However, the resident at Joseph’s Hospital in Stranorlar, Co Donegal, was not transferred to a nursing home until 2016.
The report also found staff were bullied and were afraid to speak up about the abuse.
The man went on to perpetrate at least 108 sexual assaults on up to 18 intellectually disabled residents, many of whom were non-verbal.
The man at the centre of the abuse, who is given the name Brandon in the report, an executive summary of which was published by the HSE today, was diagnosed with a mild to moderate intellectual disability and bipolar affective disorder. He passed away in the nursing home in 2020.
The report found that his assaults continued unabated and with the full knowledge of management.
The review, which looked at serious incidents between 2003 and 2016, and was eventually published today by the HSE, found the first recorded incident of sexual assault by Brandon noted on the files is dated January 1997, when he was found to have his hands on the genitals of another resident.
From 2003 onwards, the number of incidents of Brandon’s sexually inappropriate behaviour increased. The first recorded incident in 2003 occurred in January 2003, when Brandon was observed to be touching another resident “inappropriately”. In the period 2003 to 2011, Brandon engaged in a vast number of highly abusive and sexually intrusive behaviours.
Evidence available on file would suggest that Brandon regularly targeted particular individuals and was able to identify particularly vulnerable residents, whom he pursued relentlessly.
The range of inappropriate sexual behaviour by Brandon included:
- Exposing himself and masturbating in the presence of others. This behaviour was very frequent and occurred in the sitting rooms and corridors of his shared accommodation and on regular bus trips.
- Almost nightly prolonged masturbation, which was often accompanied by verbal obscenities being shouted at staff and other residents.
- Sexual touching of other residents inside and outside their clothing.
- Attempting to and succeeding to enter the bedrooms of residents whom he had previously targeted, during the night.
- Targeting particularly vulnerable residents.
- Verbal and physical aggression to other residents and staff.
The review team has identified 18 residents whom it is believed were sexually assaulted by Brandon in the period January 2003 to November 2011.
From November 2011 onwards, there are no further written reports of Brandon assaulting a named individual. However, there are a number of reports on file to suggest that Brandon continued to engage in inappropriate behaviour.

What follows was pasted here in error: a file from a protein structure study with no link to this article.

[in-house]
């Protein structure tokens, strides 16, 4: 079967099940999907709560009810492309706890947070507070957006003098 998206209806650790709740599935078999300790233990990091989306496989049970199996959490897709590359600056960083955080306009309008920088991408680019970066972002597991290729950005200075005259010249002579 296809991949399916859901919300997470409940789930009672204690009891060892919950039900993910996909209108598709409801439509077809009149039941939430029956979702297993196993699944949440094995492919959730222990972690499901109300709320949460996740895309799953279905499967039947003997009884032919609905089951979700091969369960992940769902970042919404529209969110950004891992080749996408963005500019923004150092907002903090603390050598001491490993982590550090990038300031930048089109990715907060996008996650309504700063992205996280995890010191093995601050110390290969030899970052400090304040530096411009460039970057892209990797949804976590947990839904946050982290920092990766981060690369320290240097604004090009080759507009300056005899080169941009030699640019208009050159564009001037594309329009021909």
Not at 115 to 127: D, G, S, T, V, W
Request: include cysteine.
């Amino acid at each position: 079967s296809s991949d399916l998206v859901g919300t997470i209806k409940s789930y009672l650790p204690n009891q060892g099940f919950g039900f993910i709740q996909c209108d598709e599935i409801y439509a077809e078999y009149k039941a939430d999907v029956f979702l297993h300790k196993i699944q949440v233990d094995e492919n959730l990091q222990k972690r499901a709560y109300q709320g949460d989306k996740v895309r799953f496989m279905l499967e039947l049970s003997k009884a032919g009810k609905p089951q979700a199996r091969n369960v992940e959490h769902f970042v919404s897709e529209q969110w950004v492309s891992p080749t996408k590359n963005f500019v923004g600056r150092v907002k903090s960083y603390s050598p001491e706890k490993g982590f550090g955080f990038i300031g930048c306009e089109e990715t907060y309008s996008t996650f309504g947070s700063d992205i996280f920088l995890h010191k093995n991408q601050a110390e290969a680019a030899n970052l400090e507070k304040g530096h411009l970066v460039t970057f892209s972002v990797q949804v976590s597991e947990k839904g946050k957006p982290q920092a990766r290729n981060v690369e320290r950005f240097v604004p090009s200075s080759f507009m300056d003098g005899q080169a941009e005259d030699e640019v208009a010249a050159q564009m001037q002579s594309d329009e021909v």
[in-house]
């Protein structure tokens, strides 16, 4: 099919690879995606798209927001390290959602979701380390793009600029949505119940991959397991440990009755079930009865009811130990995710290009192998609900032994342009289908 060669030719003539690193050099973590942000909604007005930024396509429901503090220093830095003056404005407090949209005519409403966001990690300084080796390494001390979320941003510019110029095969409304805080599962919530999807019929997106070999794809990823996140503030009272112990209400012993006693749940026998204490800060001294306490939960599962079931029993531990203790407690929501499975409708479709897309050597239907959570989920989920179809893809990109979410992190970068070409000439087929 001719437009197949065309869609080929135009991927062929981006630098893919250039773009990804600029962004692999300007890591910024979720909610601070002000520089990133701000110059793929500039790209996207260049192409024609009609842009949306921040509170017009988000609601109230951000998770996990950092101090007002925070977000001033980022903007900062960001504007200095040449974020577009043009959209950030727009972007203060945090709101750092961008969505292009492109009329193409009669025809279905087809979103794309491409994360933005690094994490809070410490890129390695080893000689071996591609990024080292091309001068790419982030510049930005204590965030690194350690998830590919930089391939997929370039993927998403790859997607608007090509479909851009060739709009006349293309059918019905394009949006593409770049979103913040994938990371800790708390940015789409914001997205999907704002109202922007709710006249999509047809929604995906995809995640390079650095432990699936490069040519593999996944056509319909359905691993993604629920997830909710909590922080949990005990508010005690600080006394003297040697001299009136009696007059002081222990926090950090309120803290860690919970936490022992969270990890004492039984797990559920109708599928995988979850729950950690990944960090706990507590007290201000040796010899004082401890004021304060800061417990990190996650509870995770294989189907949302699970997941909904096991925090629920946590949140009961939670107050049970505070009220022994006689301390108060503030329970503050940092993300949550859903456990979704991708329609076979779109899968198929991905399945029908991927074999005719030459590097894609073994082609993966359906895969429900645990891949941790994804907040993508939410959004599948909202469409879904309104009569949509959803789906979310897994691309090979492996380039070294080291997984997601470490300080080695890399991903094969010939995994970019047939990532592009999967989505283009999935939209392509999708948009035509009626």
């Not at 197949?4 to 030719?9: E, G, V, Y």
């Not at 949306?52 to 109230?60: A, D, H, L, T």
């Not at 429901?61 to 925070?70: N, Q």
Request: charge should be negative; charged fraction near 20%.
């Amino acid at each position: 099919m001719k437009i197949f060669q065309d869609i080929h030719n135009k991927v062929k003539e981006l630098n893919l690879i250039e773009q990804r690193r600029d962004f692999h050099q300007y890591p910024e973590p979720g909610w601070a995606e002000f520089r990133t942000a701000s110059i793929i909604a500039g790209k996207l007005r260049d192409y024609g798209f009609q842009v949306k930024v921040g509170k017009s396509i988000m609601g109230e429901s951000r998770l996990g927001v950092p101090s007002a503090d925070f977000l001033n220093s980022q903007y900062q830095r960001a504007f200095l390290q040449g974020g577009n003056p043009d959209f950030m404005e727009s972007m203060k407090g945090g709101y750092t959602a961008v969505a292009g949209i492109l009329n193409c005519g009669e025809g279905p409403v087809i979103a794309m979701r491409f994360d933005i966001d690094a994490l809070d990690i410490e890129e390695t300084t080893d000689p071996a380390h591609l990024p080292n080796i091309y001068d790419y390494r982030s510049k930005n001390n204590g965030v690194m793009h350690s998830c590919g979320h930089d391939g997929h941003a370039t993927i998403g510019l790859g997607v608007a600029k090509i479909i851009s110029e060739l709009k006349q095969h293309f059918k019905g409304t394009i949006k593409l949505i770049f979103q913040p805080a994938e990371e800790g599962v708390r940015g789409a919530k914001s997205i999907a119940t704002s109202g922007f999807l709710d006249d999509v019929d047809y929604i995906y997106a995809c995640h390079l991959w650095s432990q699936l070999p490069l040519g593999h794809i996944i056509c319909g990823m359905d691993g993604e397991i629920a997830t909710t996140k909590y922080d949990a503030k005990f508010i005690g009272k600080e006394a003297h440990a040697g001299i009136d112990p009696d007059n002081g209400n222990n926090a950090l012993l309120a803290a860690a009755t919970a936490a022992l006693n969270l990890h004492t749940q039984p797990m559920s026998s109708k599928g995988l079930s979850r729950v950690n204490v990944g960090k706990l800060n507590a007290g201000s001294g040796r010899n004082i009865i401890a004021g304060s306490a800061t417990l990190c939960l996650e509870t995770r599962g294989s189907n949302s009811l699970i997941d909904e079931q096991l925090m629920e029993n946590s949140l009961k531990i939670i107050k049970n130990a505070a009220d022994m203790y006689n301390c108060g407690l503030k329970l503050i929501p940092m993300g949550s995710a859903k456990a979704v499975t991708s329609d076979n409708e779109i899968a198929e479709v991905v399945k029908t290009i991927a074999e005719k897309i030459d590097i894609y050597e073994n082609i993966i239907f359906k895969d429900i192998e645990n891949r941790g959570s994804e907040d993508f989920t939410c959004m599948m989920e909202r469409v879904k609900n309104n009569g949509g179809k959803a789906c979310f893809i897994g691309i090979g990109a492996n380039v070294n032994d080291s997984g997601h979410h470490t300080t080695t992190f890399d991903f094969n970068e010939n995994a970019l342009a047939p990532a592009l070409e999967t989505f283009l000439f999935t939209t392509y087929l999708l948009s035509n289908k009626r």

Staff felt powerless and regularly reported incidents up the line in the hope changes would happen.
The report notes bullying of staff and being afraid to speak up and that families were not informed until 2018. There was also a lack of external support from the HSE.
A common strategy was to move Brandon from one ward to another but this just gave him a new group of clients whom he assaulted.
Nursing staff tried repeatedly to stop the abuse and reported it to management.
Brandon was moved to a nursing home in 2016. The HSE said it did not know about the abuse until 2016 as a result of a report by a whistleblower.
Four reports were made to gardaí, the first in 2011, but there was no evidence of follow-up. The gardaí confirmed in 2019 they were carrying out a report on the complaints.
The HSE said it wanted to apologise to residents and their families for the failings in care at a HSE residential and day care service for adults with intellectual disability in the North West and said it fully accepted the findings of the report.
The HSE received the initial report in August 2020, by which time Brandon was no longer residing in the service.
It said that it then acted immediately to seek assurance as to the current safety of the residents within the service.
It said regular safeguarding meetings take place within the service, which has undergone significant reforms, which are ongoing.
“The residents of the service and their families remain our priority,” the HSE said. “All those affected are, and have been, in receipt of a range of multidisciplinary supports. These supports continue to be provided locally, with oversight by senior HSE management at national level.”
However, it added: “To maintain client confidentiality we will not provide details of our engagements with individuals or their families.”
Sinn Féin TD Pádraig MacLochlainn told the Dáil today that the report must be published in full.
The Donegal TD said if lessons are to be learned, and effective safeguards against a repeat of what happened put in place, then all details must be made public.
“We need an acceptable framework to ensure that this never happens again,” Mr MacLochlainn said.
Replying for Government, Tánaiste Leo Varadkar said the HSE advice was that the report cannot be published in full. He said the junior minister for disabilities, Anne Rabbitte, was working with the Attorney General to ensure publication as soon as possible.
Mr Varadkar said the paramount task was to ensure the safety of all people in such care at present. He said for now the advice was that only an executive summary of the report could be published but he hoped this could be changed.